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## Weights in binomial glm

 I have some questions about the use of weights in binomial glm as I am not getting the results I would expect. In my case the weights I have can be seen as 'replicate weights'; one respondent i in my dataset corresponds to w[i] persons in the population. From the documentation of the glm method, I understand that the weights can indeed be used for this: "For a binomial GLM prior weights are used to give the number of trials when the response is the proportion of successes." >From "Modern applied statistics with S-Plus 3rd ed." I understand the same. However, I am getting some strange results. I generated an example: Generate some data which is simular to my dataset > Z <- rbinom(1000, 1, 0.1) > W <- round(rnorm(1000, 100, 40)) > W[W < 1] <- 1 Probability of success can either be estimated using: > sum(Z*W)/sum(W)  0.09642109 Or using glm: > model <- glm(Z ~ 1, weights=W, family=binomial()) Warning message: In glm.fit(x = X, y = Y, weights = weights, start = start, etastart = etastart,  :   fitted probabilities numerically 0 or 1 occurred > predict(model, type="response")            1 2.220446e-16 These two results are obviously not the same. The strange thing is that when I scale the weights, such that the total equals one, the probability is correctly estimated: > model <- glm(Z ~ 1, weights=W/sum(W), family=binomial()) Warning message: In eval(expr, envir, enclos) : non-integer #successes in a binomial glm! > predict(model, type="response")          1 0.09642109 However scaling of the weights should, as far as I am aware, not have an effect on the estimated parameters. I also tried some other scalings. And, for example scaling the weights by 20 also gives me the correct result. > model <- glm(Z ~ 1, weights=W/20, family=binomial()) Warning message: In eval(expr, envir, enclos) : non-integer #successes in a binomial glm! > predict(model, type="response")          1 0.09642109 Am I misinterpreting the weights? Could this be a numerical problem? Regards, Jan ______________________________________________ [hidden email] mailing list https://stat.ethz.ch/mailman/listinfo/r-helpPLEASE do read the posting guide http://www.R-project.org/posting-guide.htmland provide commented, minimal, self-contained, reproducible code.
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## Re: Weights in binomial glm

 Jan, It looks like you did not understand the line "For a binomial GLM prior weights are used to give the number of trials when the response is the proportion of successes." Weights must be a number of trials (hence integer). Not a proportion of a population. Here is an example that clarifies the use of weights. library(boot) library(reshape) dataset <- data.frame(Person = c(rep("A", 20), rep("B", 10)), Success = c(rbinom(20, 1, 0.25), rbinom(10, 1, 0.75))) Aggregated <- cast(Person ~ ., data = dataset, value = "Success", fun = list(mean, length)) m0 <- glm(Success ~ 1, data = dataset, family = binomial) m1 <- glm(mean ~ 1, data = Aggregated, family = binomial, weights = length) inv.logit(coef(m0)) inv.logit(coef(m1)) Have a look at the survey package is you want to analyse stratified data. Thierry ------------------------------------------------------------------------ ---- ir. Thierry Onkelinx Instituut voor natuur- en bosonderzoek team Biometrie & Kwaliteitszorg Gaverstraat 4 9500 Geraardsbergen Belgium Research Institute for Nature and Forest team Biometrics & Quality Assurance Gaverstraat 4 9500 Geraardsbergen Belgium tel. + 32 54/436 185 [hidden email] www.inbo.be To call in the statistician after the experiment is done may be no more than asking him to perform a post-mortem examination: he may be able to say what the experiment died of. ~ Sir Ronald Aylmer Fisher The plural of anecdote is not data. ~ Roger Brinner The combination of some data and an aching desire for an answer does not ensure that a reasonable answer can be extracted from a given body of data. ~ John Tukey   > -----Oorspronkelijk bericht----- > Van: [hidden email] > [mailto:[hidden email]] Namens Jan van der Laan > Verzonden: vrijdag 16 april 2010 14:11 > Aan: [hidden email] > Onderwerp: [R] Weights in binomial glm > > I have some questions about the use of weights in binomial > glm as I am not getting the results I would expect. In my > case the weights I have can be seen as 'replicate weights'; > one respondent i in my dataset corresponds to w[i] persons in > the population. From the documentation of the glm method, I > understand that the weights can indeed be used for this: "For > a binomial GLM prior weights are used to give the number of > trials when the response is the proportion of successes." > >From "Modern applied statistics with S-Plus 3rd ed." I understand the > same. > Druk dit bericht a.u.b. niet onnodig af. Please do not print this message unnecessarily. Dit bericht en eventuele bijlagen geven enkel de visie van de schrijver weer en binden het INBO onder geen enkel beding, zolang dit bericht niet bevestigd is door een geldig ondertekend document. The views expressed in  this message and any annex are purely those of the writer and may not be regarded as stating an official position of INBO, as long as the message is not confirmed by a duly signed document. ______________________________________________ [hidden email] mailing list https://stat.ethz.ch/mailman/listinfo/r-helpPLEASE do read the posting guide http://www.R-project.org/posting-guide.htmland provide commented, minimal, self-contained, reproducible code.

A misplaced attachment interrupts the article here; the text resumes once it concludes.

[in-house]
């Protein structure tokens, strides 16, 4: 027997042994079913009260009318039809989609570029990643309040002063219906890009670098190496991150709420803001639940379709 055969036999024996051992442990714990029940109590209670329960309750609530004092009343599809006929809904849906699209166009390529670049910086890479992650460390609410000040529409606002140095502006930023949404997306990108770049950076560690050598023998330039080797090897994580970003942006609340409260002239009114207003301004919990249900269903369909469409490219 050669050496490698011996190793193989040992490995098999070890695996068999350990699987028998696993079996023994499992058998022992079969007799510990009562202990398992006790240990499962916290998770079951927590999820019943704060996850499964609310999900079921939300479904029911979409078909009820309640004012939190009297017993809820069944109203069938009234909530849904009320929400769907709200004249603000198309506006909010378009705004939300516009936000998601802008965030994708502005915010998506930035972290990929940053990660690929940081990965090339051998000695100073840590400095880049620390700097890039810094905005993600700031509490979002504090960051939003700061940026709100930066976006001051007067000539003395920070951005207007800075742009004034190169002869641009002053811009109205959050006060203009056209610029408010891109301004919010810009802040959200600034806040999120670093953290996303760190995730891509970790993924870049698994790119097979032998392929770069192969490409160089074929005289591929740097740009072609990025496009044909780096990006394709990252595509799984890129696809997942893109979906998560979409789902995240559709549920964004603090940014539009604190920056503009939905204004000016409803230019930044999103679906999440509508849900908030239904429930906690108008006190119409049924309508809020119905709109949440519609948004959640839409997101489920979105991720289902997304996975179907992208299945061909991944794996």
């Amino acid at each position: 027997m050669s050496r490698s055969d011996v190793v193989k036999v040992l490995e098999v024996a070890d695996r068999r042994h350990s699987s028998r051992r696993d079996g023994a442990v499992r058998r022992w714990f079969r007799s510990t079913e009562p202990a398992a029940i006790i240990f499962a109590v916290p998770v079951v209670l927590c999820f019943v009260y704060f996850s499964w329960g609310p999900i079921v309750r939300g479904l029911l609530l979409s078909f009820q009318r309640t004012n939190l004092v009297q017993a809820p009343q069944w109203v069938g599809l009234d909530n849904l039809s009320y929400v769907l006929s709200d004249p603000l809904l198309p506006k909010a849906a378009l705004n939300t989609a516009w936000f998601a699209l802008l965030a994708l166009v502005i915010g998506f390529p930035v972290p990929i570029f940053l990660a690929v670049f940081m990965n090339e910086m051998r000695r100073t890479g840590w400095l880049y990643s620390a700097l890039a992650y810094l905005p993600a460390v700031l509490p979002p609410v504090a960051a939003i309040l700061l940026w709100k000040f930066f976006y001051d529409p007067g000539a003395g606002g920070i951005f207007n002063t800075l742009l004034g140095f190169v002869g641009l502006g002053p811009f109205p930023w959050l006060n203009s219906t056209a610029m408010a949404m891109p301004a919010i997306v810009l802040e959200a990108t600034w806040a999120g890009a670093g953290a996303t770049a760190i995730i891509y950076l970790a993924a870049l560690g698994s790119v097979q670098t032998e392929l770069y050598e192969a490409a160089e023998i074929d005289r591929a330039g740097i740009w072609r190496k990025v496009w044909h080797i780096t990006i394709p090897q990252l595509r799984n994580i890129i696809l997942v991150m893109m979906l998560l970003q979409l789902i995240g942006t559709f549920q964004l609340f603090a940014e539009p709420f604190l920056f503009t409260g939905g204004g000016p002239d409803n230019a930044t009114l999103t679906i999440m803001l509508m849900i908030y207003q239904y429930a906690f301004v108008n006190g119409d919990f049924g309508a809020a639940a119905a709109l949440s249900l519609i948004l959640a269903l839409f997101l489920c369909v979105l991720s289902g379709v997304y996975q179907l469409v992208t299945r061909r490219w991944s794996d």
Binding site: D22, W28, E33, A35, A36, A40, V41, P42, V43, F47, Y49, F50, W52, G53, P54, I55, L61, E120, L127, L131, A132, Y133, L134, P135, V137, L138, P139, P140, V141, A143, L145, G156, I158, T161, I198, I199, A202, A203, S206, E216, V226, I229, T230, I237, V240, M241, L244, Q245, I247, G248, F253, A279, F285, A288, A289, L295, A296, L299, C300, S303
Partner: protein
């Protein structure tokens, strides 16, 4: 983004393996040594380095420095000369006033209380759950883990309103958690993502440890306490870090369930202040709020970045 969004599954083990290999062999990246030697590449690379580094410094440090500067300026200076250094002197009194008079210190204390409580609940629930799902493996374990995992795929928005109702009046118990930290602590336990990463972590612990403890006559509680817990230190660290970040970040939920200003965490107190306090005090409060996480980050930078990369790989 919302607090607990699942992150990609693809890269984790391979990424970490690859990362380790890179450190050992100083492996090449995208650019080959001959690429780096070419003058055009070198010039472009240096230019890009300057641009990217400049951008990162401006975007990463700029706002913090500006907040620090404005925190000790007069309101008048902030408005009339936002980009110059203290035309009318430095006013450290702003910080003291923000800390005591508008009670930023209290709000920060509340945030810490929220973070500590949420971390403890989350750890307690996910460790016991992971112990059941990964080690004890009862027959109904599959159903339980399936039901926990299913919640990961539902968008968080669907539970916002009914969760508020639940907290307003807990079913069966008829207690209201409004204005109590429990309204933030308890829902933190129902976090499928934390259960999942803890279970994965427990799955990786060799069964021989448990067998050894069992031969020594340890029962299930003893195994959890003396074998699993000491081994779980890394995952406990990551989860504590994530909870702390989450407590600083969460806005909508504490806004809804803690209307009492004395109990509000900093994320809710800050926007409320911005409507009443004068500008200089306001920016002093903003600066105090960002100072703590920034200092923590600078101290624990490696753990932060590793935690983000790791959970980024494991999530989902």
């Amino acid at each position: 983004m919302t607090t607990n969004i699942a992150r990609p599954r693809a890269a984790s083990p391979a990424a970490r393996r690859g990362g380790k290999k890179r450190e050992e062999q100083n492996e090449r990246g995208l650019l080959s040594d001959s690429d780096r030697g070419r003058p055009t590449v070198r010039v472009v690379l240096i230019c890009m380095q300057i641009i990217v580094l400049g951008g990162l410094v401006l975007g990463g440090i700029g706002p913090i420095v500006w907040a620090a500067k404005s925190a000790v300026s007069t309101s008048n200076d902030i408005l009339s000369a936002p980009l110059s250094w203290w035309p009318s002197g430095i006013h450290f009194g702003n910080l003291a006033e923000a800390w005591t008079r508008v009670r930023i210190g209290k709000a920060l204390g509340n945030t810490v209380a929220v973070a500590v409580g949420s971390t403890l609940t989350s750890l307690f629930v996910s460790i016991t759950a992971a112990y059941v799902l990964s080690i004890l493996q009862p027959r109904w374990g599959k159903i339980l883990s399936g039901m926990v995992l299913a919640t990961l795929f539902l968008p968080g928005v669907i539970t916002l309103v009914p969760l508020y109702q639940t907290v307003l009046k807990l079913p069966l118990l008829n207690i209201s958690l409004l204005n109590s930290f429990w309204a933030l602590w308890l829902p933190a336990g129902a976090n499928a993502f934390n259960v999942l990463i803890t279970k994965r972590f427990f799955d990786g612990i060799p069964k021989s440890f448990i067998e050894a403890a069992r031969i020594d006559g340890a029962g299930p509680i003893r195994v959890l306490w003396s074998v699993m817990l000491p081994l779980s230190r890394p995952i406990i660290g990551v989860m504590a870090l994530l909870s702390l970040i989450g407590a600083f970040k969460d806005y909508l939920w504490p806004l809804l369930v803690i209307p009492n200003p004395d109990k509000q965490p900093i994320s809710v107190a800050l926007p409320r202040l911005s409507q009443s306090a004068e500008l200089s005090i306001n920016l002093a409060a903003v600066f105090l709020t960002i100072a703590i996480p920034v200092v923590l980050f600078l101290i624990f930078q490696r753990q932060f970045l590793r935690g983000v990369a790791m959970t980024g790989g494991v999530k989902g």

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## Re: Weights in binomial glm

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